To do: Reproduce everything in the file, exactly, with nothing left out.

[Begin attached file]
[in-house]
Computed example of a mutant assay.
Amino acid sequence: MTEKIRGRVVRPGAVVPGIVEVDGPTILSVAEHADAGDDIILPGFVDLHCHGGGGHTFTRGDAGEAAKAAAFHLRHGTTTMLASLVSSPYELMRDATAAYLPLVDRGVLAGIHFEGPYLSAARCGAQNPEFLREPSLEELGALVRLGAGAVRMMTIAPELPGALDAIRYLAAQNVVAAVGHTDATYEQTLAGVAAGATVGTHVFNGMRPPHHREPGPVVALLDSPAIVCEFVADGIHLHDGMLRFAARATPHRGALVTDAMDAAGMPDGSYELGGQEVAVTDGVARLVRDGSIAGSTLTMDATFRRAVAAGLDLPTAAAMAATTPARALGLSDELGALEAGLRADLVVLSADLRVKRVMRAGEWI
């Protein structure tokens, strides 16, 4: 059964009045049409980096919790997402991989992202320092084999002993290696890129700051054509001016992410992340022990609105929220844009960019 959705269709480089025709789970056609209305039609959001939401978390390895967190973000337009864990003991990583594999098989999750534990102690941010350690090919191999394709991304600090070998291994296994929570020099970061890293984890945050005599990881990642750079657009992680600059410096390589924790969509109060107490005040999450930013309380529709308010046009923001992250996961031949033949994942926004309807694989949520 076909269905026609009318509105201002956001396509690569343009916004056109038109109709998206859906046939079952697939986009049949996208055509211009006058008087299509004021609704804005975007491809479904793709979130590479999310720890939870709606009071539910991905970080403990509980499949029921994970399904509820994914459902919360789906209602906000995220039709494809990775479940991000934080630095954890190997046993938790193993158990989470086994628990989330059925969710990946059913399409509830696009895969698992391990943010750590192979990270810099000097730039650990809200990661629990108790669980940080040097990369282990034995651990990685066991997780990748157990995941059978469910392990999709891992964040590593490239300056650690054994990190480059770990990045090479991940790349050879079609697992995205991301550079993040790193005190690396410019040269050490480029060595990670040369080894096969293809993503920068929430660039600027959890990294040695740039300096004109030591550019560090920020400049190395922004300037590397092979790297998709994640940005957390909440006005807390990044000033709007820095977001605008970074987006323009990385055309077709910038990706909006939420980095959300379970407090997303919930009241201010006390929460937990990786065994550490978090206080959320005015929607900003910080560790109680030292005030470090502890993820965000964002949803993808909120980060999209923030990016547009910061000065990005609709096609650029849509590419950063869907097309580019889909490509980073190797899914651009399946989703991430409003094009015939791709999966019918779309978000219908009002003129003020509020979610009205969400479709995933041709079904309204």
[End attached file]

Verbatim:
[in-house]
Computed example of a mutant assay.
Amino acid sequence: MTEKIRGRVVRPGAVVPGIVEVDGPTILSVAEHADAGDDIILPGFVDLHCHGGGGHTFTRGDAGEAAKAAAFHLRHGTTTMLASLVSSPYELMRDATAAYLPLVDRGVLAGIHFEGPYLSAARCGAQNPEFLREPSLEELGALVRLGAGAVRMMTIAPELPGALDAIRYLAAQNVVAAVGHTDATYEQTLAGVAAGATVGTHVFNGMRPPHHREPGPVVALLDSPAIVCEFVADGIHLHDGMLRFAARATPHRGALVTDAMDAAGMPDGSYELGGQEVAVTDGVARLVRDGSIAGSTLTMDATFRRAVAAGLDLPTAAAMAATTPARALGLSDELGALEAGLRADLVVLSADLRVKRVMRAGEWI
């Protein structure tokens, strides 16, 4: 059964009045049409980096919790997402991989992202320092084999002993290696890129700051054509001016992410992340022990609105929220844009960019 959705269709480089025709789970056609209305039609959001939401978390390895967190973000337009864990003991990583594999098989999750534990102690941010350690090919191999394709991304600090070998291994296994929570020099970061890293984890945050005599990881990642750079657009992680600059410096390589924790969509109060107490005040999450930013309380529709308010046009923001992250996961031949033949994942926004309807694989949520 076909269905026609009318509105201002956001396509690569343009916004056109038109109709998206859906046939079952697939986009049949996208055509211009006058008087299509004021609704804005975007491809479904793709979130590479999310720890939870709606009071539910991905970080403990509980499949029921994970399904509820994914459902919360789906209602906000995220039709494809990775479940991000934080630095954890190997046993938790193993158990989470086994628990989330059925969710990946059913399409509830696009895969698992391990943010750590192979990270810099000097730039650990809200990661629990108790669980940080040097990369282990034995651990990685066991997780990748157990995941059978469910392990999709891992964040590593490239300056650690054994990190480059770990990045090479991940790349050879079609697992995205991301550079993040790193005190690396410019040269050490480029060595990670040369080894096969293809993503920068929430660039600027959890990294040695740039300096004109030591550019560090920020400049190395922004300037590397092979790297998709994640940005957390909440006005807390990044000033709007820095977001605008970074987006323009990385055309077709910038990706909006939420980095959300379970407090997303919930009241201010006390929460937990990786065994550490978090206080959320005015929607900003910080560790109680030292005030470090502890993820965000964002949803993808909120980060999209923030990016547009910061000065990005609709096609650029849509590419950063869907097309580019889909490509980073190797899914651009399946989703991430409003094009015939791709999966019918779309978000219908009002003129003020509020979610009205969400479709995933041709079904309204």